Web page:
My involvement in the Mars advocacy movement has been intermittant but right now I'm doing any number of things. Lately I've given a few presentations and have been invited to speak at a few events about Mars (the high point of which was speaking at a Royal Society venue), something which has caused the Evening Standard to term me as an 'award-winning Mars lecturer,' in their review of weblogs. If I have time, one thing I would want to do is to make a tour of schools and maybe museums in the UK giving talks about Mars and Generation Mars. And other countries, why not? I feel much more comfortable talking about Mars than I did two years ago and I find it pretty fun to boot.
Of course, I'm also interested in science. I've won or reached the finals of one or two competitions, and I'm studying Natural Sciences at Trinity College, Cambridge University. Last year (my first year), my options were straight biology; Evolution and Behaviour, Physiology of Organisms, Biology of Cells and Quantitative Biology. All were interesting, to varying extents. E&B was a dream subject, like reading Dawkins books for fun. Physiology was generally interesting. Biology of Cells was initially ridiculously hard, having to remember molecular mechanisms and whatnot, but eventually improved. QB was maths, 'nuff said.
This year (my second year) I am taking Experimental Psychology (immensely interesting), Molecular Cell Biology (intermittently interesting but essential to know) and Neurobiology (a bit of both).
I've written a html-based Biology and Chemistry GCSE study guide on CD, which has since been published by Europress. And for those of you wondering, yes, it is for sale, and royalties are positively trickling in. My other major computer project has been the Astrobiology: The Living Universe Thinkquest competition entry. Visit it. Now. I busted my guts working on that damn site, and despite my perfectionism I'm very happy with it.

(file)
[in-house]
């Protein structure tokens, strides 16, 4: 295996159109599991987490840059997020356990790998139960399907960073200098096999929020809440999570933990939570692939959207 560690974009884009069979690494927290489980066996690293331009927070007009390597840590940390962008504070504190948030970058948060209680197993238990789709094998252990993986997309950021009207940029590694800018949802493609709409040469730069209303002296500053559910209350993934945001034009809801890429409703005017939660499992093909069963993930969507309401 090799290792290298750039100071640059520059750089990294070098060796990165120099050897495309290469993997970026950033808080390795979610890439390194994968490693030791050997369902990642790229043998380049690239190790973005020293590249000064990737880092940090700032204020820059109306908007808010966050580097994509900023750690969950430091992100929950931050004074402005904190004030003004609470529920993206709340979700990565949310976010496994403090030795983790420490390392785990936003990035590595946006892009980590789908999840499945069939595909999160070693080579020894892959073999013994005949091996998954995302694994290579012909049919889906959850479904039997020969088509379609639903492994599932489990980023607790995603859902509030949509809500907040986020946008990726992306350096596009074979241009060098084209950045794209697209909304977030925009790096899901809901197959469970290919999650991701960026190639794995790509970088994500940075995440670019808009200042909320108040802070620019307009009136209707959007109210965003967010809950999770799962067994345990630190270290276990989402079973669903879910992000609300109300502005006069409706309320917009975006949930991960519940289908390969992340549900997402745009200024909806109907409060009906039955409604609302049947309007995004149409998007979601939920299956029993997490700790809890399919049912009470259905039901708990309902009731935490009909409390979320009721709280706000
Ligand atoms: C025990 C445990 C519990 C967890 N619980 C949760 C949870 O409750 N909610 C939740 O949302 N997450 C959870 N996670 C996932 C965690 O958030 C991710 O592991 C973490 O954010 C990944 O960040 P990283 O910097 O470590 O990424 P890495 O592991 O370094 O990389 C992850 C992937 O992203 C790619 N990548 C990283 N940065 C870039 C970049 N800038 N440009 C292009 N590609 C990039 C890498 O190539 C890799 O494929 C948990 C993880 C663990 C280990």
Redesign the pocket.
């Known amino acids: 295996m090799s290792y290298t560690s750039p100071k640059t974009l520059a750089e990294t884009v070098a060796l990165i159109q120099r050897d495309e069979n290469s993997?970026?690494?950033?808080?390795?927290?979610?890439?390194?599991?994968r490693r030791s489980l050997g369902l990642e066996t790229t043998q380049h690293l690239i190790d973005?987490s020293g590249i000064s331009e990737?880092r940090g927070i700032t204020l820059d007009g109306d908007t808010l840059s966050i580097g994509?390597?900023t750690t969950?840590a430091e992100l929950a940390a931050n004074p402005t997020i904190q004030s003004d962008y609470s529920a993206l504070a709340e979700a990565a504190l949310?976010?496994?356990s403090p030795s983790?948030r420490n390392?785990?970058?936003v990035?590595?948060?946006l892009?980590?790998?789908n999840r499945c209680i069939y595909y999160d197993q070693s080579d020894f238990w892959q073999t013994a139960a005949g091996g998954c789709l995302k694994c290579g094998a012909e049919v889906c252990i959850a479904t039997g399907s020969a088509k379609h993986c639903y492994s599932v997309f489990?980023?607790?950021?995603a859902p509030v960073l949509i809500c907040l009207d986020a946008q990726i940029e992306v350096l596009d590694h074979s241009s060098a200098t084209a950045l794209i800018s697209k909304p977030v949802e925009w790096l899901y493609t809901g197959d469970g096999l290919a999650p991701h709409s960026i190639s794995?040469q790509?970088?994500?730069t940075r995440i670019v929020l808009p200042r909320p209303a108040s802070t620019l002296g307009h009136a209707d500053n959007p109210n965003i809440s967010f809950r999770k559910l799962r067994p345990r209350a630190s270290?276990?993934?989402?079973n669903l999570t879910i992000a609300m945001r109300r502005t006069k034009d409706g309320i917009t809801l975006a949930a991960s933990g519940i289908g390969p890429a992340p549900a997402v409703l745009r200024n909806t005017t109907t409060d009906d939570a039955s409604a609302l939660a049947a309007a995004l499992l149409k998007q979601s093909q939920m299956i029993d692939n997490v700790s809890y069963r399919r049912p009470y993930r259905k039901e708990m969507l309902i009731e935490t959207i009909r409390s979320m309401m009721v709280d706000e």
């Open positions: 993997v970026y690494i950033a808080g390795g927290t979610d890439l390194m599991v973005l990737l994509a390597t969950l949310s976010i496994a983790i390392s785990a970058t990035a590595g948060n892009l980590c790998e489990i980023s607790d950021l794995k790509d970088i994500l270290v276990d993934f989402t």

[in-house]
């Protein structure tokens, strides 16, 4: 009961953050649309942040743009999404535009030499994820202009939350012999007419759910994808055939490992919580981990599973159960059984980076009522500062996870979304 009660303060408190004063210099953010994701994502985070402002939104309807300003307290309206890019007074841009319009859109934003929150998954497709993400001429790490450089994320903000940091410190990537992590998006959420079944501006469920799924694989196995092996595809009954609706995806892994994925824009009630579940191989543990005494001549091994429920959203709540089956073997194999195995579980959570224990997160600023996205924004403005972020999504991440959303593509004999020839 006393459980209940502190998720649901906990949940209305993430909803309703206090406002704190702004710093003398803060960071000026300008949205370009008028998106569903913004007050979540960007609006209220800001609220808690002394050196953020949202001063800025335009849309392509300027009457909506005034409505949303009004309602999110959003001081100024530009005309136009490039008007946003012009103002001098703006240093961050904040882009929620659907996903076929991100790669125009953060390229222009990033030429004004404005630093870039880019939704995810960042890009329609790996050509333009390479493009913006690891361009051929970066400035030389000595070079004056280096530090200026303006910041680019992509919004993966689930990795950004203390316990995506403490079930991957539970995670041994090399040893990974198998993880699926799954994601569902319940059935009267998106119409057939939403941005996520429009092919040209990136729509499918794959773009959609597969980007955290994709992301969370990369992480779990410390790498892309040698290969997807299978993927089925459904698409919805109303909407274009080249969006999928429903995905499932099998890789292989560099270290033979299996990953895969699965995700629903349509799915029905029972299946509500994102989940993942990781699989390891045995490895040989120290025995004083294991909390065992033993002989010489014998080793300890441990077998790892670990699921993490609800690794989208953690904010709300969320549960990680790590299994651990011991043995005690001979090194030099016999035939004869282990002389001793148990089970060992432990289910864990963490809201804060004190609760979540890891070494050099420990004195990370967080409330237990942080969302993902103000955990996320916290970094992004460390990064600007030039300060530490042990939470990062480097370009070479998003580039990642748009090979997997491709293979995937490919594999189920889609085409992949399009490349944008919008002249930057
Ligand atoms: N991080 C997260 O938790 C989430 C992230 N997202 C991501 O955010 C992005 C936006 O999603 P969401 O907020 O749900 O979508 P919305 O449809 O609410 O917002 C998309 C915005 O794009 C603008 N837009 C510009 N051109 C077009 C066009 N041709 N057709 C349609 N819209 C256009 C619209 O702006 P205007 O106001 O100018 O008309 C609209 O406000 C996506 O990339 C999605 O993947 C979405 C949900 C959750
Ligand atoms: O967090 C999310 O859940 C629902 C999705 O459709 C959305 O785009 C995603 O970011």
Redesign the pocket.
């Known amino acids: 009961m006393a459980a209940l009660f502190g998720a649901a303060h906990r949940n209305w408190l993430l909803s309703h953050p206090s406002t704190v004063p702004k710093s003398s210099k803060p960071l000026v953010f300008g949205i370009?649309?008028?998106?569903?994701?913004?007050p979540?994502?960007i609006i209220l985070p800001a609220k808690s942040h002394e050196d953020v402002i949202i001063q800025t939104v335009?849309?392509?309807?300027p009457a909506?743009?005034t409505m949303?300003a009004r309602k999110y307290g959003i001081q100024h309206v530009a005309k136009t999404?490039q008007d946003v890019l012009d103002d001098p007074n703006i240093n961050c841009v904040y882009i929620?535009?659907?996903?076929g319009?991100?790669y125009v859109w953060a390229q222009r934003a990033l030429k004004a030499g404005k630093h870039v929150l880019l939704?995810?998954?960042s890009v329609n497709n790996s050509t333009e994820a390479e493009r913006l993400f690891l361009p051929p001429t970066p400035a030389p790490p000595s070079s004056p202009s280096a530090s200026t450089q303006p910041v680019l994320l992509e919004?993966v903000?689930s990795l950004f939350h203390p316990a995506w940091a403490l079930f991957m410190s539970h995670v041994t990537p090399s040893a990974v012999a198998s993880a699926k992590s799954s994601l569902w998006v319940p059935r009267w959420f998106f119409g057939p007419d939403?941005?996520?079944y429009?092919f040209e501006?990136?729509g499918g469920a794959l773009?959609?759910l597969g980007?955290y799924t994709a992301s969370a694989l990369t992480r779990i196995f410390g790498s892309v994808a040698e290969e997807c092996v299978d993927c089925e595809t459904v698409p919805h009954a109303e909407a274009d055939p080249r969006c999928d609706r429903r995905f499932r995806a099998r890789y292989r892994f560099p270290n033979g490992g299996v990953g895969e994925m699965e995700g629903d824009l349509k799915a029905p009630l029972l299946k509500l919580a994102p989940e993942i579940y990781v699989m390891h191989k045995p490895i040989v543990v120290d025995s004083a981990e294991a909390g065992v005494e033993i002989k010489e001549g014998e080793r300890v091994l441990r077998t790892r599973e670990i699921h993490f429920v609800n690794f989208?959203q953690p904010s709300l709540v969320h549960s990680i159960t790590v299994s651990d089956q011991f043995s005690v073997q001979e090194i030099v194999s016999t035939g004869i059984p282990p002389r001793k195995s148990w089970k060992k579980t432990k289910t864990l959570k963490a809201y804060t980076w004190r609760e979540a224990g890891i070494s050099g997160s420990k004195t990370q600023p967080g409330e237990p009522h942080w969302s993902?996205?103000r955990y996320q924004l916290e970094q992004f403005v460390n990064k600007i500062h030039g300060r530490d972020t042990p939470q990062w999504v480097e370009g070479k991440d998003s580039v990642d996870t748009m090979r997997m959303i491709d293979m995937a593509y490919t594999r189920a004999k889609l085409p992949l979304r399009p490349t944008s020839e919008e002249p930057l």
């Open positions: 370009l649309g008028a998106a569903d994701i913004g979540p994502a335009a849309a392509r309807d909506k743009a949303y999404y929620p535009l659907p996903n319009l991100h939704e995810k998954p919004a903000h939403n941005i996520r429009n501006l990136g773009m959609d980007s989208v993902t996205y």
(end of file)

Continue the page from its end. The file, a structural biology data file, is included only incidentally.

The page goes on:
This is my largest project to date, and it's both a joint UK/Canada competition for the youth about Mars, and also the seeds of a new pro-active Mars advocacy community that will be totally inclusive and transparent. As they say, practice what you preach, and for me, that means inclusiveness and transparency. And Mars. A lot of Generation Mars' work will be educational outreach to the public about the benefits (and pitfalls, because I'm a balanced kinda guy) of the exploration of Mars and space.
There are a lot of causes that are in the public consciousness, but none so compelling and adventurous as creating a new world on Mars. I am to bring this cause to them. Check out the Generation Mars website.
Books and TV
My bookshelf holds novels by Iain Banks, Philip Pullman Kim Stanley Robinson, Isaac Asimov, Arthur C. Clarke, David Brin, Stephen Baxter, Douglas Adams, Ben Bova, Ken MacLeod and Peter F Hamilton.
If you haven't read any science fiction, and want to read something that doesn't involve bland characters, predictable storylines and technobabble, you could do a lot worse than reading Iain M Banks' Culture series. You may have heard of his novels The Wasp Factory and Complicity, so you can be sure he'll do a good job.
If you're actually taking my suggestions seriously, go and read Philip Pullman's His Dark Materials trilogy. It's extremely daring in completely denouncing organised religion and Christianity, so considering that it is marketed for children, Pullman is a brave guy. Despite being 'for children', it's still one of the best-written and perfectly plotted novels I've read for some time.
As for TV, I hold the opinion that Babylon 5 is the best drama that's ever been screened.
Where am I going to be?
I'm going skiing in Chamonix in France in March 2002.
It's not out of the question, right now, that I may be in San Diego for around eight weeks in June to August 2002.
Again, I may also be in Utah at the Mars Society Desert Research Station sometime in December 2002.
My room (photos) in Trinity College Cambridge I'm currently sitting in has:
1 Athlon XP 1800+ with 512MB RAM and all sorts of assorted
1 very strong door that is locked to stop people from nicking all of this stuff.